Few of our ministers have been removed for not agreeing with the content of that cabinet paper; any other cabinet paper would not invoke such mass sacking. 

      What is striking is that with our switch to China, our sovereign Government suddenly behaves like a communist government purging opposition and dissents in order to command explicit obedience to China in cabinet, the exact techniques used by real communist governments to protect their agendas and suppress their own people.

     We want to know whether the removal of ministers is part of the conclusions to the cabinet paper that Cabinet endorsed or this simply played into a new mood for communism. 

We now fear that the cabinet paper may have also directed our government to also switch our democratic system to communist style.

     Now that we are taking steps to understand our situation, it is vital that we also understand the macro-effects of our first soft loan on our economy. 

     We should take particular note that once this loan comes into effect, our debt to China will rise from 0% to account for 63% of our GDP and 85% of our total domestic and foreign debts, our total debt to GDP ratio will increase from 11% to 74%, our total debt will increase by 573%, debt repayment will increase by 645% and debt burden on our budget will go up to 12% from 1.5.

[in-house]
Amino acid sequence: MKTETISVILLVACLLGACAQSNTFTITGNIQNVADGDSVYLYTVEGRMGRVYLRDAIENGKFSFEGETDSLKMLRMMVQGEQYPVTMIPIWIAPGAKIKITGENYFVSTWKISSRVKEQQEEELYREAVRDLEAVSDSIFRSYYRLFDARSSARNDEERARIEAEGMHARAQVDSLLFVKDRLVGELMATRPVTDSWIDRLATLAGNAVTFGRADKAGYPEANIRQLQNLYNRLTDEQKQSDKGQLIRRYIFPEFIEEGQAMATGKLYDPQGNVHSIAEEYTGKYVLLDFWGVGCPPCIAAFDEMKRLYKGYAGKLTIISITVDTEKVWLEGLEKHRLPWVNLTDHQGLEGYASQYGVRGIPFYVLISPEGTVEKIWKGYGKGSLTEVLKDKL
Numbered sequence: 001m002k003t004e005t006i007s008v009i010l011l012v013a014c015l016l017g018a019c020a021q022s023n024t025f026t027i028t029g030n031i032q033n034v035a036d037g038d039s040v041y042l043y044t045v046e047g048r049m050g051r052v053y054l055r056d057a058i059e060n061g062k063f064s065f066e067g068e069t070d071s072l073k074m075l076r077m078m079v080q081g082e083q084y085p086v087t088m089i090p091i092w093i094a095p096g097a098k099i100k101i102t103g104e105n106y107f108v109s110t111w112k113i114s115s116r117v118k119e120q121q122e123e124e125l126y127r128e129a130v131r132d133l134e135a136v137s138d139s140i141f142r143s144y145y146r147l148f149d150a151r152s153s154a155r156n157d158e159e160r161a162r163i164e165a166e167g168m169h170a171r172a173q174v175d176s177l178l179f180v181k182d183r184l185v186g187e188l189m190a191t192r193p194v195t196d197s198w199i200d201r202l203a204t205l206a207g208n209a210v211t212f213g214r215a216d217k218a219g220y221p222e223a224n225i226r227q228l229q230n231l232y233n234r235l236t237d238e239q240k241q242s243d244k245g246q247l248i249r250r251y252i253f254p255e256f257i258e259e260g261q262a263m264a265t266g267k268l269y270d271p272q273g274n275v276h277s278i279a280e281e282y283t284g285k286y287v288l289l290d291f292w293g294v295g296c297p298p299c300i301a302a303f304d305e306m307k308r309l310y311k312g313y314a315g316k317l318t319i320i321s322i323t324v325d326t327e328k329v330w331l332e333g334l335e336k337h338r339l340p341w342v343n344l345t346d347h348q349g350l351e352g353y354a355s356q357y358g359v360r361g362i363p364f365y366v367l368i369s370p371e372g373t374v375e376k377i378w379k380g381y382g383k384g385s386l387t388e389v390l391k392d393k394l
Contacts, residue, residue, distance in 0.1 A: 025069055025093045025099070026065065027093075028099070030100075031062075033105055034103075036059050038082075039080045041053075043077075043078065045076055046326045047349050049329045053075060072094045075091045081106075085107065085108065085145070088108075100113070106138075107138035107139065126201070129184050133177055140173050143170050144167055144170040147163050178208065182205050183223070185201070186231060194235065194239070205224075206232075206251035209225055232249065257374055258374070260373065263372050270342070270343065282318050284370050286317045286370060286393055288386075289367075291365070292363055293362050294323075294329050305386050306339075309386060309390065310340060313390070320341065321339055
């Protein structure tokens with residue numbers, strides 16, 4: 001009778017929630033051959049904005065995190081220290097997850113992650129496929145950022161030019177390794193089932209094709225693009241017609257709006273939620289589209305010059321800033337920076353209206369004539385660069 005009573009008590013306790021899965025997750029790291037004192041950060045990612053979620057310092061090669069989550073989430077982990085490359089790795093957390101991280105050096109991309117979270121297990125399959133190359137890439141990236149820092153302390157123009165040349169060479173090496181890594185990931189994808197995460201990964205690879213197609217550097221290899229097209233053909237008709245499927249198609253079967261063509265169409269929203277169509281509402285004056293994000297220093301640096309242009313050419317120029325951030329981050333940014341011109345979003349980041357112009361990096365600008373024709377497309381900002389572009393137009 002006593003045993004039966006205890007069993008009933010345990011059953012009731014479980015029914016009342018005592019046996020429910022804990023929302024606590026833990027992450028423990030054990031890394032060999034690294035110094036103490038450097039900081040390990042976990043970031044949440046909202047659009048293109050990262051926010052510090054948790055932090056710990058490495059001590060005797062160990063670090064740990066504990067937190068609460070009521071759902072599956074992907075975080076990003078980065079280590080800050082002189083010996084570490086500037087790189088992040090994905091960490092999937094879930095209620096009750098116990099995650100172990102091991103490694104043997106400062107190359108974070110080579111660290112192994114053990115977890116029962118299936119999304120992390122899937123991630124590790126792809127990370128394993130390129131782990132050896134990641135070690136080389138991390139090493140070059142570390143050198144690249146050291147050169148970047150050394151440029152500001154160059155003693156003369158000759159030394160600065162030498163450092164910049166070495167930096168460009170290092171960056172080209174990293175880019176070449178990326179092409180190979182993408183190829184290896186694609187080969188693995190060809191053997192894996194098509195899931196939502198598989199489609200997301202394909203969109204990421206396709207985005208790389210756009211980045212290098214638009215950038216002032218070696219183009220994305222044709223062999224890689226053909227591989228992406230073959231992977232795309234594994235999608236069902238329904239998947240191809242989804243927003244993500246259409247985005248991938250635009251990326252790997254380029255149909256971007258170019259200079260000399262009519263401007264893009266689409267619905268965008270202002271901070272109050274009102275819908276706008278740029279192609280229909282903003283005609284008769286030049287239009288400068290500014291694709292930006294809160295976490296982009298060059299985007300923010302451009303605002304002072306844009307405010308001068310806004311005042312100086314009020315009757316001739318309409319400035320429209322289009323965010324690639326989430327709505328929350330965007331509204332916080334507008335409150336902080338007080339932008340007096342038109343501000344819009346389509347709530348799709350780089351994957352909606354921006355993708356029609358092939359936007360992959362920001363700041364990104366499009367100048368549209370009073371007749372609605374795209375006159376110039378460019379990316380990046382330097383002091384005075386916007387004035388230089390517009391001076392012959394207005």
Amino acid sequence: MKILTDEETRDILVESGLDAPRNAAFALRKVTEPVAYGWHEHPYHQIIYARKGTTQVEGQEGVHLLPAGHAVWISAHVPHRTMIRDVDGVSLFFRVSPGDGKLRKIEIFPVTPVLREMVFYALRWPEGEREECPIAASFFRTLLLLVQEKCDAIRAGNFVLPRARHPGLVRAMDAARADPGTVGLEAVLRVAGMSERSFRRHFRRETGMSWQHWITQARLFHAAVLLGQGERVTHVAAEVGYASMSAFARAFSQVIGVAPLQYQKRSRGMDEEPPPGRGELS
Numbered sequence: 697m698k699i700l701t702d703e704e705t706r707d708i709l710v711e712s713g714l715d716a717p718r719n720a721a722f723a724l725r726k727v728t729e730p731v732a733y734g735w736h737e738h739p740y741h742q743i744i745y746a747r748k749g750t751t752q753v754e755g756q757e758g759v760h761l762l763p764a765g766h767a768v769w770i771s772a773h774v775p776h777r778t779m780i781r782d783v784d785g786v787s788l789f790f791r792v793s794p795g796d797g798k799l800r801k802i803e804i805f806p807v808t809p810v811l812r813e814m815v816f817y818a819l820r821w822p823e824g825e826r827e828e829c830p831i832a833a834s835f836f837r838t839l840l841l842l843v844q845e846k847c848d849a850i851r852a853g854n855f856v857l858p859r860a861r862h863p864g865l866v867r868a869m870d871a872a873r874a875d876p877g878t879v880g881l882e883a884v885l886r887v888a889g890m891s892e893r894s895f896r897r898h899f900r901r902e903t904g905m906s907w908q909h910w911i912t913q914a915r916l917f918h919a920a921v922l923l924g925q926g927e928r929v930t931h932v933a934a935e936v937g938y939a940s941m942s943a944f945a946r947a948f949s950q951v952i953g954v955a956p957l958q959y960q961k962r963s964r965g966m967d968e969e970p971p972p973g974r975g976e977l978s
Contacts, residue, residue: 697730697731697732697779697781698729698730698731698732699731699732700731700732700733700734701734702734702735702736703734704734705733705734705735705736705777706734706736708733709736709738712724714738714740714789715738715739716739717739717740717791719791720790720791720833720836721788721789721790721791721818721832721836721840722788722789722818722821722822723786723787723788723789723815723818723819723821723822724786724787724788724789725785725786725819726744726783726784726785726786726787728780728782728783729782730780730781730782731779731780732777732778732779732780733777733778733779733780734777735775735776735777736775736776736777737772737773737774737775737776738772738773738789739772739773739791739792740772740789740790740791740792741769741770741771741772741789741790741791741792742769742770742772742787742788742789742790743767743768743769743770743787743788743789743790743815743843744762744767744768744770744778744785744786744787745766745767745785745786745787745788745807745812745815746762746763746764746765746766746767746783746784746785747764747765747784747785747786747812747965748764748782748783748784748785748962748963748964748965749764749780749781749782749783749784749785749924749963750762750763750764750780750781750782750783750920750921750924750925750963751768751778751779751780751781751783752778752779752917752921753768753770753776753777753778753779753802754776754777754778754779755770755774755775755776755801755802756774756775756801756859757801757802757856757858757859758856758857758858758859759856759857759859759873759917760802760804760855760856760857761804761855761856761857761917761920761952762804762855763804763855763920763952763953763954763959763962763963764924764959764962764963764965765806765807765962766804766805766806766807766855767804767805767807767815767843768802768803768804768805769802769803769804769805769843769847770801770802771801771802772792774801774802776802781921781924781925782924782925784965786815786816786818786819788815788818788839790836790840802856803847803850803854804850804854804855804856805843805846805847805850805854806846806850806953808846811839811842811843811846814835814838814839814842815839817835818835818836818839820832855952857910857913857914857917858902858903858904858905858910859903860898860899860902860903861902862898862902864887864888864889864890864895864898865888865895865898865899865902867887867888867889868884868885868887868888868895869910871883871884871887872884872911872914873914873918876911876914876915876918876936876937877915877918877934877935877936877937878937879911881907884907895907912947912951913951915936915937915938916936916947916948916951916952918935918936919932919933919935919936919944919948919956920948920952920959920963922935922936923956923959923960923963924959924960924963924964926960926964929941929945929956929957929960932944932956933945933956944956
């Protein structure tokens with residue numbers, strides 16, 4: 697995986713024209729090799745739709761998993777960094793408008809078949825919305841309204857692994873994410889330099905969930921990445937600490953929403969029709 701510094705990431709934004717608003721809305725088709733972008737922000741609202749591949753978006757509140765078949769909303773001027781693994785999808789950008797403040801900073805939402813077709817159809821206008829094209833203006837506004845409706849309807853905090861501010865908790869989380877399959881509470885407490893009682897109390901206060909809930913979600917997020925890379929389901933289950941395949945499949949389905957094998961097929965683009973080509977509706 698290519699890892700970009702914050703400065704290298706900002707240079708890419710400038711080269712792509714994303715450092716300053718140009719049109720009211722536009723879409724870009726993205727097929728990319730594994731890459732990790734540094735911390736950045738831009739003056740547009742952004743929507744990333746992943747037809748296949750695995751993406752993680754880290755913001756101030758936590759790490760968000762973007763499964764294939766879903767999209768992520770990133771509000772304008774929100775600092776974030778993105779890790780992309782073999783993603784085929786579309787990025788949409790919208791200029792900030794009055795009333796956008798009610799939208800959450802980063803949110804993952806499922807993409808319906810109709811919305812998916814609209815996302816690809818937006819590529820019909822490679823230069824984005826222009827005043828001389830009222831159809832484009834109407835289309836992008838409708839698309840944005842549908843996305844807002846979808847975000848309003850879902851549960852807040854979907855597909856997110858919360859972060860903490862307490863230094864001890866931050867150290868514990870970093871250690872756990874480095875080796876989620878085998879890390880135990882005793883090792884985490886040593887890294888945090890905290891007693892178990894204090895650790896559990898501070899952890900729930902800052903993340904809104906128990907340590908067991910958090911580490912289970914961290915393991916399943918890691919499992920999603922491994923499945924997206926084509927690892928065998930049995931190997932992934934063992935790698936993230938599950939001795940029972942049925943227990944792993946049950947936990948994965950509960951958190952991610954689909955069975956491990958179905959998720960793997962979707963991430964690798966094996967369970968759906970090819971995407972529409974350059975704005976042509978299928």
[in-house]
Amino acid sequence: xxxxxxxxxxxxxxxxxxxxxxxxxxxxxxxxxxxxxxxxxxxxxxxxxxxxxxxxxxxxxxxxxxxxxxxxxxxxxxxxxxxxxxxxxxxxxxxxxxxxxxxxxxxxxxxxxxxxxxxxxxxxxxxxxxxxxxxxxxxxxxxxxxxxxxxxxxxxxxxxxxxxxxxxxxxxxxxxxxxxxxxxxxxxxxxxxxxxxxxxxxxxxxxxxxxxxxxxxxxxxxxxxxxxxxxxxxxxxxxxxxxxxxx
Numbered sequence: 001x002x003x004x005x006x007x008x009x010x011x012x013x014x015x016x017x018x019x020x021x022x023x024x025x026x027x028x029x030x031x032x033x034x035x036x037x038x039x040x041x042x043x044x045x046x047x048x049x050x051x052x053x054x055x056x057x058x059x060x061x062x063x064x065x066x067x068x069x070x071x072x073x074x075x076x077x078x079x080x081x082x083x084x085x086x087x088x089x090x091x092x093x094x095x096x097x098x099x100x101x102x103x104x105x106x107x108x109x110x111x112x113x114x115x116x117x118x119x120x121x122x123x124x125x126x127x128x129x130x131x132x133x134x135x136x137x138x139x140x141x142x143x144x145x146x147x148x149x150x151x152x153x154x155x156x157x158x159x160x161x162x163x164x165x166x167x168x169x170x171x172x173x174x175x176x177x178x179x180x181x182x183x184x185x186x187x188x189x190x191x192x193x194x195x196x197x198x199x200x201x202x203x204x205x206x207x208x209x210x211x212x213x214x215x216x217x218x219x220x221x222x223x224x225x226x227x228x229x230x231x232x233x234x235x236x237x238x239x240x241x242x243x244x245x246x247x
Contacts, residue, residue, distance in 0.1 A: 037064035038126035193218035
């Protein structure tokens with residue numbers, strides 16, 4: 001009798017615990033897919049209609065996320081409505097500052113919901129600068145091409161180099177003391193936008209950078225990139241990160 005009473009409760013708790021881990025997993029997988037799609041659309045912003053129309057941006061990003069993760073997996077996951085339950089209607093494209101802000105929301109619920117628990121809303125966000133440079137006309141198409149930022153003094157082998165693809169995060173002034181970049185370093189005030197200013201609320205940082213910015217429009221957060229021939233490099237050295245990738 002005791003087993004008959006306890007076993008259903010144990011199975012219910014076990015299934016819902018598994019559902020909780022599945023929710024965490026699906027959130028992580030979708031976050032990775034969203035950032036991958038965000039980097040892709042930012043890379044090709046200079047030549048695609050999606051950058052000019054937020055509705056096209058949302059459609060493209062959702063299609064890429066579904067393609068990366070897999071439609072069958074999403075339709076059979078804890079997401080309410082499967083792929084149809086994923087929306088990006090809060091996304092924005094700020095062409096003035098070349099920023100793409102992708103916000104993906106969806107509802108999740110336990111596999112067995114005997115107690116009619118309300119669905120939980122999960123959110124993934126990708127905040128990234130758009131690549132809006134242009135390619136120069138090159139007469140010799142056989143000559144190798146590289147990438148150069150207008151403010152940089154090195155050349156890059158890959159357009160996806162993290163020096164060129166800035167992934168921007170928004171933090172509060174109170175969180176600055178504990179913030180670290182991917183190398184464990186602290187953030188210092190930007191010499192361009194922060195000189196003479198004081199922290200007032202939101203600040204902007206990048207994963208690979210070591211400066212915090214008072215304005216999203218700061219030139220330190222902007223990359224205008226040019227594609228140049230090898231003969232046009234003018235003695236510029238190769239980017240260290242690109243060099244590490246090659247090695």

The 10.5% extra burden on our budget is due to the $387m that our government would have to divert from funds appropriated to other heads in our national budgets to meet the repayment costs of our first soft-loan. 

Citizens of some countries around the world are rioting and burning their streets due to such austerity measures.     

Should the investment deal goes well, the effects of this loan may be minimal but in the event that it failed to go as planned, the effects on our economy will be devastating.

     These figures render our government hardly a safe investable asset and if China cares and if we are to use our common sense, we cannot afford to look for a second soft-loan; the damage may have already been done and the more soft-loans we take in, the bleaker our prospects becomes. 

     As the Government now takes steps to have our public understand its recent actions, perhaps it could also explain its take of the macro-effects of our first soft-loan and how it plans to mitigate them should the deal did not work out as expected.